Why is it many are often at practice or training but thinking or wishing they were somewhere else? It can be difficult some days to be mentally where you are physically. Let’s take you being an athlete for example. You know what you signed up for. You know you’re going to be at practice every afternoon and for some sports, most mornings. In our sport of wrestling, you’re training multiple times daily.
Many exercise their daydreams, wishes, and thoughts of being elsewhere. The reality is you’re always going to be somewhere and unless you plan on quitting, make a conscious decision to mentally be where you physically are. If you signed up for the sport, submerge yourself in it, and if you’re going to be “there” anyway, enlist in the army of – I’m all in. Push all of your chips in! Wrestling is not a part-time sport. Almost everything in your life is built around training and competition, and once you get to college, it’s an entirely different grind. This is why many fade away. I don’t blame athletes for being tired of the sport and college wrestling is exhausting but infinitely rewarding. If you’re to be there anyway, be there! Man, this sport lets you know you’re alive!!!
If you use your time intelligently, it takes little-to-no-more time to have quality in your training. If you’re going to be there anyway, it’s to your benefit to engage in and expend excellence. Sign your training with an exclamation point! Put your stamp of mastery on your effort and attitude. If you’re going to be there anyway, apply your entire self in where you are – this is a depth where wonders are put into motion and attained.
Time actually goes faster when you’re absorbed in your training and efforts. You actually get paid twice when you fully attend your labors. You benefit in the now because all faculties are committed so the improvement is deeper, and you benefit in the later when it’s actually time to compete. We tend to fight harder when we’re fully invested and our confidence always runs deeper and completely when we’re fully immersed. You might call it focused energy.
We all mentally meander. This is how the master electrician wired us. Though, we also have the capacity to reduce our thought-roaming and focus. The key is to be “hip to the drift” that’s happening within, and consolidate your thoughts and actions. When these two get together, they’re incredibly potent. This is where goals and dreams prosper.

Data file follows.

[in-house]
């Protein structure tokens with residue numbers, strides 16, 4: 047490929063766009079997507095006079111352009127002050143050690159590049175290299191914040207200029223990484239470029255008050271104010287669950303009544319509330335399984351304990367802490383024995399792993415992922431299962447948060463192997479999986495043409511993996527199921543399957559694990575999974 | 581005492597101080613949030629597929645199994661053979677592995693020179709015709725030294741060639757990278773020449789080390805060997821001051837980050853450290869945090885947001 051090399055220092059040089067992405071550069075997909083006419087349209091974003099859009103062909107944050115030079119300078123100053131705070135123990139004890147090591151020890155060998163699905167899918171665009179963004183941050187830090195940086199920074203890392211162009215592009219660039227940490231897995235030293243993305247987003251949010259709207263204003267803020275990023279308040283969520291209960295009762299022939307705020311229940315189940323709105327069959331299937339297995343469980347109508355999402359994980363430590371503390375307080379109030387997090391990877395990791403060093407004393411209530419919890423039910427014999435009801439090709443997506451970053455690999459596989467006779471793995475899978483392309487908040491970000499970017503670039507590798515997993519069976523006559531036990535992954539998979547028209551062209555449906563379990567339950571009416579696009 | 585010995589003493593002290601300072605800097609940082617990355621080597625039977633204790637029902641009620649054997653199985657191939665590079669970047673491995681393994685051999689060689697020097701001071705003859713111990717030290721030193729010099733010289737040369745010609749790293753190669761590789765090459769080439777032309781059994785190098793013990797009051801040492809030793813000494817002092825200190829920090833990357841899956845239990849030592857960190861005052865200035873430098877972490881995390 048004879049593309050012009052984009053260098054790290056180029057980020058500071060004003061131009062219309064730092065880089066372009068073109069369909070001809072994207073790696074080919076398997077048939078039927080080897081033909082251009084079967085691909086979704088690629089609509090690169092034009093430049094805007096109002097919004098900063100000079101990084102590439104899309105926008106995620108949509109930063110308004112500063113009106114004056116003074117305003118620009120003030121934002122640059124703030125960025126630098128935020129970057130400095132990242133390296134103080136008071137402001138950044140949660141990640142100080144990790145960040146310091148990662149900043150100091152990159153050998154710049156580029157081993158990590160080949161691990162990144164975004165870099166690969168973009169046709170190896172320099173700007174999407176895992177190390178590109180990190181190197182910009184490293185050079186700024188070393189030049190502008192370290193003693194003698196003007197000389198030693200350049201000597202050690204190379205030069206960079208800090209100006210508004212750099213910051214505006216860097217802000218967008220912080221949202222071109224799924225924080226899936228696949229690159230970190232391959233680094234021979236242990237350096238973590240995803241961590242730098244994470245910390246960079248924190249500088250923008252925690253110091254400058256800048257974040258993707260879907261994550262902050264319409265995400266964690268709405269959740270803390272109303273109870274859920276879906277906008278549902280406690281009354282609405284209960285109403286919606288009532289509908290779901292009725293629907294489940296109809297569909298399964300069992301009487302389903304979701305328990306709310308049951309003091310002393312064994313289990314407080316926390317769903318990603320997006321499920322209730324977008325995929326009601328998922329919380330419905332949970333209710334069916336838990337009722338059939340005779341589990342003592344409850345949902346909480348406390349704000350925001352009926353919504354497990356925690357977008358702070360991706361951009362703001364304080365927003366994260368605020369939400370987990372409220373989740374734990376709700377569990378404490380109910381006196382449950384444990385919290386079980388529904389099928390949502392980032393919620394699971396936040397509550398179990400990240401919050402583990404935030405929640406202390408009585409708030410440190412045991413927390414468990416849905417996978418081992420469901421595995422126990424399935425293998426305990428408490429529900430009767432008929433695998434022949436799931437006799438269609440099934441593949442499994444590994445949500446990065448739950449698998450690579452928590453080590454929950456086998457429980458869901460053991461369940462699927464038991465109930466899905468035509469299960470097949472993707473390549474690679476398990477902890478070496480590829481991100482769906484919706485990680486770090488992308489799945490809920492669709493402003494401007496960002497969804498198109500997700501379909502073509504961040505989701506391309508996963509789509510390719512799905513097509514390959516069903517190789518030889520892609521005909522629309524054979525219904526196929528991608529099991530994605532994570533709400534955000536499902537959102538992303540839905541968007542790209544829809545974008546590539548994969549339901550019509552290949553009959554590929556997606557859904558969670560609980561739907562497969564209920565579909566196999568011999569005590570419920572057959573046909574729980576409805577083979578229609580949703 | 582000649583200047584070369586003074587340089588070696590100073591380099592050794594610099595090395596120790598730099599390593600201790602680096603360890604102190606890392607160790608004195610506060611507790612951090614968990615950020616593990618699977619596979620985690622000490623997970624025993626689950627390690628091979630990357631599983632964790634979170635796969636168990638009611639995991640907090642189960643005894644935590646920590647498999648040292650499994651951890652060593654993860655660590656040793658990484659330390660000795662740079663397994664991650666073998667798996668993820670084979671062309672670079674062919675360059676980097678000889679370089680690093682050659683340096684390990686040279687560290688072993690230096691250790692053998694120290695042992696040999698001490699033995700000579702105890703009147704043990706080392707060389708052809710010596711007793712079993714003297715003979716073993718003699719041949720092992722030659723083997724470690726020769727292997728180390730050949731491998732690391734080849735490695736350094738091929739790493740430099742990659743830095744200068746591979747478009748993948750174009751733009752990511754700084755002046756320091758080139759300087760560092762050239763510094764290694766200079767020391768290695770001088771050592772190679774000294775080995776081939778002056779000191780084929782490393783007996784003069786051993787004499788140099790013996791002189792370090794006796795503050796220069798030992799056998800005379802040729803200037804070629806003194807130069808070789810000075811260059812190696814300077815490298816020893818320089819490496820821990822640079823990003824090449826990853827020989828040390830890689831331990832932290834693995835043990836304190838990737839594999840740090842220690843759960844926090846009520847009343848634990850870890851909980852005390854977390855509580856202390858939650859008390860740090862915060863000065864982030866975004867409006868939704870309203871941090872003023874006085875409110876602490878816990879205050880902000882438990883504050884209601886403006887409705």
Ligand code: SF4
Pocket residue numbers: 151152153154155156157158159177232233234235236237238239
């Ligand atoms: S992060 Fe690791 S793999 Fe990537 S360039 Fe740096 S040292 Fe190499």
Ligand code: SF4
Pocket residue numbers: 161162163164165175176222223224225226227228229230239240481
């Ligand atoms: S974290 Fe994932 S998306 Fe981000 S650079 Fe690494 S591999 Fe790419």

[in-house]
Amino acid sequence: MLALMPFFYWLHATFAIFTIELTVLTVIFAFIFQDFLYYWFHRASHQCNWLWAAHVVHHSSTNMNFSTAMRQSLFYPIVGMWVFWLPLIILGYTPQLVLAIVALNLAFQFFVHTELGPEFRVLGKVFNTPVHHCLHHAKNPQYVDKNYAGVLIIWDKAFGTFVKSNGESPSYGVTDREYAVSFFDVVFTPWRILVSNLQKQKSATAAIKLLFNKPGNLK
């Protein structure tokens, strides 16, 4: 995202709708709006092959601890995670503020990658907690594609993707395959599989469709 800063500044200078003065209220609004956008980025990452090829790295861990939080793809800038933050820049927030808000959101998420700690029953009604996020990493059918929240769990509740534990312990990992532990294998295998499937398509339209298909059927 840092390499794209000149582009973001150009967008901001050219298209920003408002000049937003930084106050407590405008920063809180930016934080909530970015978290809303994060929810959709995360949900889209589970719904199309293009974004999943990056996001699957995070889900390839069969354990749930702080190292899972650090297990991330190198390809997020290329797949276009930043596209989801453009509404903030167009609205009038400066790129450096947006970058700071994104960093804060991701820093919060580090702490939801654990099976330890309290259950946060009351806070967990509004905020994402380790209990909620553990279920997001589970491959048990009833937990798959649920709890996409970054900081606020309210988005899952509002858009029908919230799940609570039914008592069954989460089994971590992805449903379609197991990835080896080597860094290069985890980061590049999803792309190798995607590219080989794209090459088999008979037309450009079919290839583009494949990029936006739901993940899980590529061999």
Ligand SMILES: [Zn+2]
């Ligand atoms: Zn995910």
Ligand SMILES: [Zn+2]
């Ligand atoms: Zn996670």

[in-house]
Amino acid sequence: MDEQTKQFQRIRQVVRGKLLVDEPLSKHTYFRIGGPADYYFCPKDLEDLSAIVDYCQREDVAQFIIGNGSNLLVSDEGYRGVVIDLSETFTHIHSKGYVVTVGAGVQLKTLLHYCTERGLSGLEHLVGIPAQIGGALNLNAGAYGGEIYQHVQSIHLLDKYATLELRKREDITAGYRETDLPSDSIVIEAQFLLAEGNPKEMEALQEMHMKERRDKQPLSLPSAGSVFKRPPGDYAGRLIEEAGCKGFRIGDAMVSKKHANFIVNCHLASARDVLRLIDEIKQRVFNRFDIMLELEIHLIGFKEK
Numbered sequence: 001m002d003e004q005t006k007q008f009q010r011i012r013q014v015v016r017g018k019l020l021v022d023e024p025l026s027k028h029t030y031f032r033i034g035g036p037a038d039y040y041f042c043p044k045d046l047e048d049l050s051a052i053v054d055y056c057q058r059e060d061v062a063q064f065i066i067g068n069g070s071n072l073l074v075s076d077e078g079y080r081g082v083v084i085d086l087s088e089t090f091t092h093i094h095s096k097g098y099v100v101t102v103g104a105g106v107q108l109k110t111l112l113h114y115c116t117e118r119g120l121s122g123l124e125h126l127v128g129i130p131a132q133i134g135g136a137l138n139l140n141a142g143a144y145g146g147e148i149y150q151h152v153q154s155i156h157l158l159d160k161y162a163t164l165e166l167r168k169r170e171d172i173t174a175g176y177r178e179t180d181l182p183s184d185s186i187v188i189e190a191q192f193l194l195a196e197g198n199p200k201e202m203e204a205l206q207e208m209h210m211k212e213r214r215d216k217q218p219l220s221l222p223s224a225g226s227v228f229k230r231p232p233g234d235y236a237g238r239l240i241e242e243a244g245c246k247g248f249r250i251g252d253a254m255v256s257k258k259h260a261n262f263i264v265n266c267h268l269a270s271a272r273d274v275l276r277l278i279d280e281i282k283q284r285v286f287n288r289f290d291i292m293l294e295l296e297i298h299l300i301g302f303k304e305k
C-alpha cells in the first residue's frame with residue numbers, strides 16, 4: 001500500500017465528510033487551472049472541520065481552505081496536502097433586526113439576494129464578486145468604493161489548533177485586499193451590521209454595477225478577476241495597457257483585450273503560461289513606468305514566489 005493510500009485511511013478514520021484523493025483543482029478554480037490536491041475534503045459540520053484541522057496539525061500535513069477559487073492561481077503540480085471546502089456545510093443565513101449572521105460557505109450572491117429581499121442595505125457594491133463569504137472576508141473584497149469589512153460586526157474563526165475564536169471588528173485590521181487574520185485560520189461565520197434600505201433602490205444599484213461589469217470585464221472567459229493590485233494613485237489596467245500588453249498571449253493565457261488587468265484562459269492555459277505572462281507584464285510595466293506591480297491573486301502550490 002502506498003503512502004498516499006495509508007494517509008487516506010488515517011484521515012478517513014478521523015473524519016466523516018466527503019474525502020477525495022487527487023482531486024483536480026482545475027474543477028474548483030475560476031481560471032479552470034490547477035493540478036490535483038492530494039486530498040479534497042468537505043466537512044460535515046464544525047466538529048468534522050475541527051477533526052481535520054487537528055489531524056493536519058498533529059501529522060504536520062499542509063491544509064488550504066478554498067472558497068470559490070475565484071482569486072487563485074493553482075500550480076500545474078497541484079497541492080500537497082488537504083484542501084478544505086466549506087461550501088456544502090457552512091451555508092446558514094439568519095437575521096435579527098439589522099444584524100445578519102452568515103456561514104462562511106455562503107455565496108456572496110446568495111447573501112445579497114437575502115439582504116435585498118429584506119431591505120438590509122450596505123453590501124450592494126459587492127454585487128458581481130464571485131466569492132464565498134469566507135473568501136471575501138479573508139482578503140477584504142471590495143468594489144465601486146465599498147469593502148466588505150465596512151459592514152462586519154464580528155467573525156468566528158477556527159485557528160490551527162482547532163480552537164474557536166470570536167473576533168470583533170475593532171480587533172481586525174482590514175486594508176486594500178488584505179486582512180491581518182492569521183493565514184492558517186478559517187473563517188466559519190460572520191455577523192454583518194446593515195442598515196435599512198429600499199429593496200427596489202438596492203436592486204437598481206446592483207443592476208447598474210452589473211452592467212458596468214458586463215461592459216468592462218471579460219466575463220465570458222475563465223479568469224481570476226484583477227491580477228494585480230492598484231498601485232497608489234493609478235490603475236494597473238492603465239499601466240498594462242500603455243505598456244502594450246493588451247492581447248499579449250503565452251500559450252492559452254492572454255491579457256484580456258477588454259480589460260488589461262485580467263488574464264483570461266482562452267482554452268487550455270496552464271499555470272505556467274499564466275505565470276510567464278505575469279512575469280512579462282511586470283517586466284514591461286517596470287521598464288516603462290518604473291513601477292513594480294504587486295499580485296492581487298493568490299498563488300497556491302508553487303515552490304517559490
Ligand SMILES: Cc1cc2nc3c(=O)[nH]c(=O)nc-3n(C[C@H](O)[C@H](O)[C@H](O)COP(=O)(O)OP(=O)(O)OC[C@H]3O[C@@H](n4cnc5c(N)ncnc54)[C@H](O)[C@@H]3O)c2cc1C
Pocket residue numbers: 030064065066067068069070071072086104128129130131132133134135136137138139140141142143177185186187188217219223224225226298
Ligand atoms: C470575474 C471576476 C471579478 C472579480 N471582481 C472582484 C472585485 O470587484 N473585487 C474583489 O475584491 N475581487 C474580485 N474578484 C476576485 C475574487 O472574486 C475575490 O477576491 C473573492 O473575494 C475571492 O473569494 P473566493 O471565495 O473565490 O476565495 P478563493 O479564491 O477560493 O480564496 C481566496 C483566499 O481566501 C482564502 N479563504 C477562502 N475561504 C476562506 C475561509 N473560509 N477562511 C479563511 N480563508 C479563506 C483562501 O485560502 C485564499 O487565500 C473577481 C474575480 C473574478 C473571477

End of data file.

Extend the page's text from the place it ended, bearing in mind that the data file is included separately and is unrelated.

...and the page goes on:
We all waft at times. This is perfectly human. Our thinking, without guidance and awareness, will certainly drift into doubt, limitations, and falseness. Our thoughts are also a lot like a pinball, and our mind is a subtle magnet. Our psyche can be very sneaky and underhanded, much like the magnets that persuade the metal pinball down the drains. Our objective is to keep the ball in play as long as possible. We can refer to the ball “in play” as favorable, supportive, optimistic, stable, and durable thoughts.
For most of us, left to our own mind, our thoughts beat us up. They limit us, are derogatory, judgmental, fragile, selfish, and defeating. Does this sound pessimistic, or is it reasonably true? The bottom line is most of us have conflict with our thoughts. We make our time a lot more broken and coarse than it has to be. If others talked to us the way we mentally talked to ourselves, we would defend, resist, and respond. So respond! Give yourself the gift of realization and transformation. Commit to memory, “If I’m going to be here anyway, I’m going to be engaged and a full participant in my present time.” Our attendance in full mental engagement can improve a little at a time. Cultivate a mindset that “If I’m going to be here anyway and find myself drifting away in thought, I’ll make a cognizant decision to be inwardly where I am physically. I will immerse myself in my trade.” You don’t have to be perfect, but you have to make an effort to focus and aspire.
I often hear “It is what it is” but we can surely carry on a little better than “it is what it is.” We may not have control over a lot, but we do have control over what can and will make the most difference in our lives. Also, and by no means less important, if we can practice a little acceptance in our lives, we would lighten our heavy psychological load. Acceptance is not giving in or giving up, well, actually in some cases it’s just that. Though, in this case, acceptance is acknowledging and awareness that wherever you are, you’re going to make the best of it. In fact, you’re going to get the MOST out of it. You’re going to institute sensible and superior effort. I mean, take a deep breath, get out of you and become captivated with your present moment and current undertaking. If you’re going to be there anyway, you might as well sign your training with quality, competence and promise.
Mark Schwab is an assistant coach at the University of Northern Iowa. Previously he spent nine years as assistant coach at the University of Minnesota, helping the program to seven top-three team finishes at the NCAA Championships and two NCAA team titles. As a wrestler, Schwab was an All-American for the University of Northern Iowa during the late 1980s. Schwab earned his bachelor’s degree in 1990 from the University of Northern Iowa and his master’s degree from the University of Minnesota in 2003. Schwab returned to the University of Minnesota to get a second emphasis in sport psychology on his existing master’s and completed that in 2010. Email Mark at firstname.lastname@example.org.